Michael Birenbaum Quintero
Associate Professor of Music, Musicology & Ethnomusicology
BA, Eugene Lang College; MA, New York University; PhD, New York University.
808 Commonwealth Avenue, Room 282
Michael Birenbaum Quintero, Associate Professor of Musicology & Ethnomusicology, received his Master’s and Doctoral degrees in Ethnomusicology at New York University. His research focuses on the music of the black inhabitants of Colombia’s Pacific coast region.
His book, Rites, Rights and Rhythms: A Genealogy of Musical Meaning in Colombia’s Black Pacific is forthcoming from Oxford University Press. It examines the feedback, interference, and overlap between different experiences of currulao music – as ritual sonority (“rites”), political resource (“rights”) and popular music (“rhythms”) – by tracking their historical emergence, development, and maintenance or abandonment as systems of meaning that frame musical sound at the present-day conjuncture of neo-liberalism, cultural mobilization, and civil war in Colombia.
His work uses both fieldwork and historical methods to examine music as emerging from people’s sonic practices, as having real-world ramifications, and as being available to being interpreted in divergent ways. He’s particularly interested in tracing the ways that blackness has been framed through music from colonialism to multiculturalism; the efficacy of states’ cultural policies and social movements’ cultural politics; black cosmopolitanism and vernacular uses of technology; the cultural, social, economic, technological, and legal aspects of musical circulation; ontological framings of music as practice or object; and the ways in which experiences of loudness can illustrate the dynamics of power, the social meaning of violence, and the delineation of public and private in the global South.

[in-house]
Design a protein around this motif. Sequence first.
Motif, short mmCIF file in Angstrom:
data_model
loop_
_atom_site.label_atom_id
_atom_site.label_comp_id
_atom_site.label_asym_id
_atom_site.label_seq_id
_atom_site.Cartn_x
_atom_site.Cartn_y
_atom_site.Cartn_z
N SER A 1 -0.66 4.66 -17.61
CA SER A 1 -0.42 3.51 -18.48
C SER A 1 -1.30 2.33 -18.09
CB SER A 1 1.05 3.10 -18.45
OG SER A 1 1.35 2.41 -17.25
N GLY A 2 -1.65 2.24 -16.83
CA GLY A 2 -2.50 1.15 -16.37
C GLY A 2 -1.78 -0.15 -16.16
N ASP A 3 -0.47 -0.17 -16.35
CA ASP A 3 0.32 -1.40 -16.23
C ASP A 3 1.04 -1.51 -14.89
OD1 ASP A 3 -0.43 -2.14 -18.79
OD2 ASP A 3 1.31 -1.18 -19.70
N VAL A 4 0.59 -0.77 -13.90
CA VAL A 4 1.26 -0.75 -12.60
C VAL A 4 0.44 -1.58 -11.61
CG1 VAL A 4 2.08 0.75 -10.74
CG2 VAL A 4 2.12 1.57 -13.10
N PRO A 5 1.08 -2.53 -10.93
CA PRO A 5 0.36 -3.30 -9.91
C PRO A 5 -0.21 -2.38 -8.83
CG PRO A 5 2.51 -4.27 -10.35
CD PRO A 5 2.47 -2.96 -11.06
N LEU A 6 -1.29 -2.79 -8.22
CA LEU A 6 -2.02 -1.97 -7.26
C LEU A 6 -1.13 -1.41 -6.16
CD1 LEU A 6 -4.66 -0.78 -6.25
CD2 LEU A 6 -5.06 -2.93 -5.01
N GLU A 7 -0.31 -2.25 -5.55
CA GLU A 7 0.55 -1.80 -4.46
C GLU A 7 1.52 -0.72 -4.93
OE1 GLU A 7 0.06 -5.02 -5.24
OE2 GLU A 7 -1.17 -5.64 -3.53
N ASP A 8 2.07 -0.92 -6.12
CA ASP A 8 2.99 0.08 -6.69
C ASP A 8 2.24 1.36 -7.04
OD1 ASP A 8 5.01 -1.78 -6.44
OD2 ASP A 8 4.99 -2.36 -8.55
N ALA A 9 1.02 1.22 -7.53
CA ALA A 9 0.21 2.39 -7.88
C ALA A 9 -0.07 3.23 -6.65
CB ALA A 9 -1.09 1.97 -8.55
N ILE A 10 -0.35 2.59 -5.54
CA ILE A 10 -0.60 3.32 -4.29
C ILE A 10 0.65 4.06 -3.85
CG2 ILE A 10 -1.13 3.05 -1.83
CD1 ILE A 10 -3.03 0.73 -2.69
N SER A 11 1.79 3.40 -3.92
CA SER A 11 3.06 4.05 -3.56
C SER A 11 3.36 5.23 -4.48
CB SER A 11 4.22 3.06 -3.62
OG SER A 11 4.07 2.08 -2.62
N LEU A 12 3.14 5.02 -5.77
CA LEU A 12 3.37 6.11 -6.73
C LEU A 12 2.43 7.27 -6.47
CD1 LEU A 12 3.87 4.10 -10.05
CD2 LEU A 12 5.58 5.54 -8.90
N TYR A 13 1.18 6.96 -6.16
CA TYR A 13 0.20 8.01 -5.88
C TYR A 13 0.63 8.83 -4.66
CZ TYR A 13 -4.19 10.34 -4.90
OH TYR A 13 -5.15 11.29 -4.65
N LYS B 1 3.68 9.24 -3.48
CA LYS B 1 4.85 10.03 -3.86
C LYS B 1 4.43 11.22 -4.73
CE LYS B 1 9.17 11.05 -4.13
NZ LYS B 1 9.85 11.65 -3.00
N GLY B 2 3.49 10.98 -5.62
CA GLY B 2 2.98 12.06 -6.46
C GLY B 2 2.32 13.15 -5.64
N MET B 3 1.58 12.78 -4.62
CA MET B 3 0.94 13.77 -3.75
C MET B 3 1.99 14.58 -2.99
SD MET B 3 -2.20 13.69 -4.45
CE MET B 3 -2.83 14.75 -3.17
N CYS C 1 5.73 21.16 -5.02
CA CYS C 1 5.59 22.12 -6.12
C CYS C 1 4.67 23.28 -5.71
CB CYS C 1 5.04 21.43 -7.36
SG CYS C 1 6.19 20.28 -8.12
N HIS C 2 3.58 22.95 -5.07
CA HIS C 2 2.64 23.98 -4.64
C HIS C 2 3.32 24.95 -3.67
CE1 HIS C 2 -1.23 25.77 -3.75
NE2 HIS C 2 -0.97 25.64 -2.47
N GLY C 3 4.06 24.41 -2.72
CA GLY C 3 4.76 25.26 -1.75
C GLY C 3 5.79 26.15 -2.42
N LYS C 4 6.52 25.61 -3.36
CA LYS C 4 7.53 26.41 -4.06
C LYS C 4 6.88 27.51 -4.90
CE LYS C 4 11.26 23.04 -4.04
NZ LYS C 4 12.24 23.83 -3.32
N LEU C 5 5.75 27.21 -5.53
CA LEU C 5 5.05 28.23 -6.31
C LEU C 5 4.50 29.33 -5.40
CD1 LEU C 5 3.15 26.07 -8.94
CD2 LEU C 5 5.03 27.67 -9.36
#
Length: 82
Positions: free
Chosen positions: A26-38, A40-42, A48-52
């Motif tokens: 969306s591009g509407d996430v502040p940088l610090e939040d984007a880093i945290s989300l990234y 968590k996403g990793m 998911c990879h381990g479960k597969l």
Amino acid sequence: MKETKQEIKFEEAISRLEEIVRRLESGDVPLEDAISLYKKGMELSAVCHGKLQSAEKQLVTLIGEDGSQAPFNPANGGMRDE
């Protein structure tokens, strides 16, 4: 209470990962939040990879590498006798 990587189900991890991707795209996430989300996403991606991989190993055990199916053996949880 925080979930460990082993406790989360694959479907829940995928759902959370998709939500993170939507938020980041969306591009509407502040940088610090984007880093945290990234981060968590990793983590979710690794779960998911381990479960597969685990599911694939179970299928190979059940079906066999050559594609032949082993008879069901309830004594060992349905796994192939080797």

Before arriving at BU, he taught at Bowdoin College. He was a visiting post-doctoral fellow at the Anthropology Department at Johns Hopkins University and the Musicology Department of Peabody Conservatory, through an Andrew W. Mellon Fellowship in “Concepts of Diaspora.” He was a visiting professor in the doctoral program in Afro-Latin American History, Society and Culture at the Universidad del Valle in Cali, Colombia through a Fulbright Core Scholar Grant. He has received awards including the Society for Ethnomusicology’s Seeger Prize and a Fulbright IIE pre-doctoral research grant and was honored to be invited to deliver the keynote address at the 1st Annual Congress of Marimba and Traditional Song of the Colombian Pacific in Buenaventura, Colombia.
Beyond the academy, Prof. Birenbaum Quintero has also helped design cultural policy initiatives with the Colombian Ministry of Culture, established and directed a grassroots community music archive with the Asociacion de Investigaciones Culturales del Chocó, composed PSA jingles for the Afro-Colombian activist organization Proceso de Comunidades Negras, collaborated with Colombian scholars, appeared on the Afropop Worldwide podcast, and organized tours and workshops with musicians.